Three practices that will make you a more efficient programmer
TL;DR Write a developer journal, automate repeating tasks with scripts and share your journal and scripts with your team.
I would like to share 3 simple, concrete and non-revolutionary practices I have been using at work as a developer, which I feel make me more efficient, and generally makes my work less frustrating — and I believe every programmer could benefit from.
#1 Write a developer journal
TL;DR Use a simple markdown file and manage it in GitHub
As developers we spend a lot of time trying to solve small and very specific problems. For many, including me, the go to place is StackOverflow. You brainstorm with yourself iteratively for just the right search phrase, open a few too many tabs, and finally find the solution which works for you. Sometimes you find something that nearly works, and you spend some more time to customize it to perfectly fit your needs.
And then what? How many times have you gone through this process only to face the exact or very similar problem a few months later? Now you have to waste time to find a solution for a problem which you already solved — and it becomes even more frustrating if you know the solution is out there, but since you can’t remember how exactly you searched for it in the past, you can’t even find it anymore!
The same goes for non-googleable problems, like ones related directly to the product you are working on. How did you solve that bug the last time you’ve seen it? What is the location of that file you need to edit to change that thing in your system? You probably had to ask someone from your team for a a solution, and now you have to bug them again.
It took me more than once or twice for these things to happen before I realized I have to document the way I solve this kind of problems, and then it took some more time to find the right way for me to manage this documentation.
I have found that what works for me is managing a single markdown file which I host in GitHub. That’s it. The entries are short and use a repeating pattern to keep me concentrated on actually documenting the problem and its solution. Here’s an example of an actual entry from my journal:
I use the same pattern for every entry:
- Problem — describe what you are trying to achieve
- Suggested solution — how can the problem be solved? If there is more than one possible solution, document it as well — sometimes documenting how not to do things is also valuable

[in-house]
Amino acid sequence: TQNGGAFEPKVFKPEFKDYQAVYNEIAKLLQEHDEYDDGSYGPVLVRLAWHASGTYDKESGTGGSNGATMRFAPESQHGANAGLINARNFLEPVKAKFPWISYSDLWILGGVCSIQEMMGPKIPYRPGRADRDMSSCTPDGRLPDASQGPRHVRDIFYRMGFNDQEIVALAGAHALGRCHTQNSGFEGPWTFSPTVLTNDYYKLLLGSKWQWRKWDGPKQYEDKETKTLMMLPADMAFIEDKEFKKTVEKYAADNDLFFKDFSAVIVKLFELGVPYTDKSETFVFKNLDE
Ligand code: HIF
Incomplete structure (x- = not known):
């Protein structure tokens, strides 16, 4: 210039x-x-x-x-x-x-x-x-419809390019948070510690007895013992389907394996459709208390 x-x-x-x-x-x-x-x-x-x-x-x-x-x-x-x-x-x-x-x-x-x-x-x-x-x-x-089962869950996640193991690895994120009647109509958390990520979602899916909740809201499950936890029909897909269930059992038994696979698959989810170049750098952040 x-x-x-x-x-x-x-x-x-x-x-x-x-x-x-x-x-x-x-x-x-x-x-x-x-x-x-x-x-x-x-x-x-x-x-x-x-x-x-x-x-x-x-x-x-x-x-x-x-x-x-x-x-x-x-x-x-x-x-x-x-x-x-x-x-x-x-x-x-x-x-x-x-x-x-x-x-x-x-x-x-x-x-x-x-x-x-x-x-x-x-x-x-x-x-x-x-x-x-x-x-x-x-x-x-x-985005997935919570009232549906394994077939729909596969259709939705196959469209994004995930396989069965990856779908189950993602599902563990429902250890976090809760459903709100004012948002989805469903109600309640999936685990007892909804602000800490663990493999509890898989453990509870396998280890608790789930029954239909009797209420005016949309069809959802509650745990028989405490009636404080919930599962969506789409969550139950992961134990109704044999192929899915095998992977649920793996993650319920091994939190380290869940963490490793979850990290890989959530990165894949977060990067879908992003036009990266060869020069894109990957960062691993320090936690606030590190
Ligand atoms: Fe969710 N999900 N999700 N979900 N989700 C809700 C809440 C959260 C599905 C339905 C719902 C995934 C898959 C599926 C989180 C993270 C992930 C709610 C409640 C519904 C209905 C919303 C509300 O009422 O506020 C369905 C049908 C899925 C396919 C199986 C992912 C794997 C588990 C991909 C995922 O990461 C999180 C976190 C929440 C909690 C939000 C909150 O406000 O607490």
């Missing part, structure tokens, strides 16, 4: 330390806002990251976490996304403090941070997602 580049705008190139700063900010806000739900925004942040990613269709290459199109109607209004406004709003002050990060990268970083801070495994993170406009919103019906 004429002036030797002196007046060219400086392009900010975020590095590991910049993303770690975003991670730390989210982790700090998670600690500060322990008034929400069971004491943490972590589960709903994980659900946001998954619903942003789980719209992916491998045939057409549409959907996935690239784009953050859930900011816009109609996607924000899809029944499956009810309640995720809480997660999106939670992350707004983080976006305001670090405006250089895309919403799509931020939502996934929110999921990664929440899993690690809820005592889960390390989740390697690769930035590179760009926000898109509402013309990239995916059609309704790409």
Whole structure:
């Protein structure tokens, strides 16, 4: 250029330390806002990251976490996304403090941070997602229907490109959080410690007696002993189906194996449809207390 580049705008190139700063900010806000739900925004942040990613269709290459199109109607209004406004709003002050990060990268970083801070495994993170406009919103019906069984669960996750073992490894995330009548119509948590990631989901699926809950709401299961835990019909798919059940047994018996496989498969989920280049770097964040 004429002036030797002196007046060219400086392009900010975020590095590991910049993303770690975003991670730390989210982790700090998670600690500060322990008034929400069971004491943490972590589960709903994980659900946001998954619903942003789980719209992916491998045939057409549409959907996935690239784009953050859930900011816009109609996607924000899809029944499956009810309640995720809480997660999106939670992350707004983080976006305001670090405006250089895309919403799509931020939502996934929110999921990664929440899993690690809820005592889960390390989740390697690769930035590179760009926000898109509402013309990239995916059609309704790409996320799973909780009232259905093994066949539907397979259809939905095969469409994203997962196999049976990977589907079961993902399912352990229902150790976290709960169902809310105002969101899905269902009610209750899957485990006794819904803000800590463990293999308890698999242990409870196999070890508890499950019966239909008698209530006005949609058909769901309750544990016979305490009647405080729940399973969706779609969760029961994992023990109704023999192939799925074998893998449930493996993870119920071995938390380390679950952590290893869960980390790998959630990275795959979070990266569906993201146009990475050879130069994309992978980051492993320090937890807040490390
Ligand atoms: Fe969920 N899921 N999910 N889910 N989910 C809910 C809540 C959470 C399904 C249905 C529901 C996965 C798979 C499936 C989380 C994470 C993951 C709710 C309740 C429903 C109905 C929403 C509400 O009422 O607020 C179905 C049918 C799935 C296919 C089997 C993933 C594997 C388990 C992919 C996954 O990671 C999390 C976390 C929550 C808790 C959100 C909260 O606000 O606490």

- Tags — keywords related to the problem to make the entry more searchable
Here is a my entire journal if you would like to see more entries.
And here are some answers to questions that may arise:
- Why markdown? It’s very easy to learn and use, plays well with code examples, provides in-file bookmarks and can be written in any text editor.
- Why confine to a repeating pattern of problem/solution/tags? Keeps you focused and provides an option for future further organizing
- Why GitHub? Displays formatted markdown, provides backup, accessible anywhere and allows privacy if you want it
#2 Automate repeating tasks with scripts
TL;DR When you find yourself doing the same thing more than 3 times you should probably write a script to do it for you.
Sometimes laziness is a virtue — you’ve probably ran into this quote by Larry Wall, the author of Perl:
Laziness: The quality that makes you go to great effort to reduce overall energy expenditure…
During a day of work, we perform many small tasks. Let’s say I’m working on a software that has user management. There is a bug in the backend related to user creation, and I need to create a new user multiple times, to view the logs, to see if I fixed the problem and what not. I use the UI, fill all the fields in the form (which are not few — name, password, company, phone, e-mail…) each time from the beginning. And it’s annoying. It could be made easier. After all, I’m not fixing the UI, it’s not part of the problem, then why do I have to interact with it so much?
It turns out that it is quie easy to automate interactions with UIs (assuming it’s web based, like most UIs today) — all you have to do is create a script with curl, and luckily it’s really simple. Just press F12 to open the dev tools (if you’re using chrome), fill the form (create user to continue with the example) and press Save or Create or whatever it may be.
Then, under the network tab, to the left, you will see the request made to the backend. Right click it, choose Copy and and press Copy as cURL (bash):
Paste it in a file, and voila, you have a script to create a user! You may have to make slight modifications here and there, but overall this is a very quick method to create a simple script to automate a mundane, repetitive task. If you want to take it to the next level, you can use this nice tool that converts curl commands to python requests, for cases where heavier lifting is required.
It’s not only about saving time (although that’s a nice bonus) — it’s about being able to focus on what you actually want to do.
Of course, it is a great idea to save these scripts in a repository in your team’s VCS.
#3 Share with your team
After a while practicing writing a journal and automating stuff you will find yourself with documentation for important flows and somewhat of a cook book for you product. You have made your life easier — now share it with your team and make their lives easier!
This type of documentations could help onboarding a new team member, and more experienced team member will find the mistakes you made or give you advice on how to make things even simpler.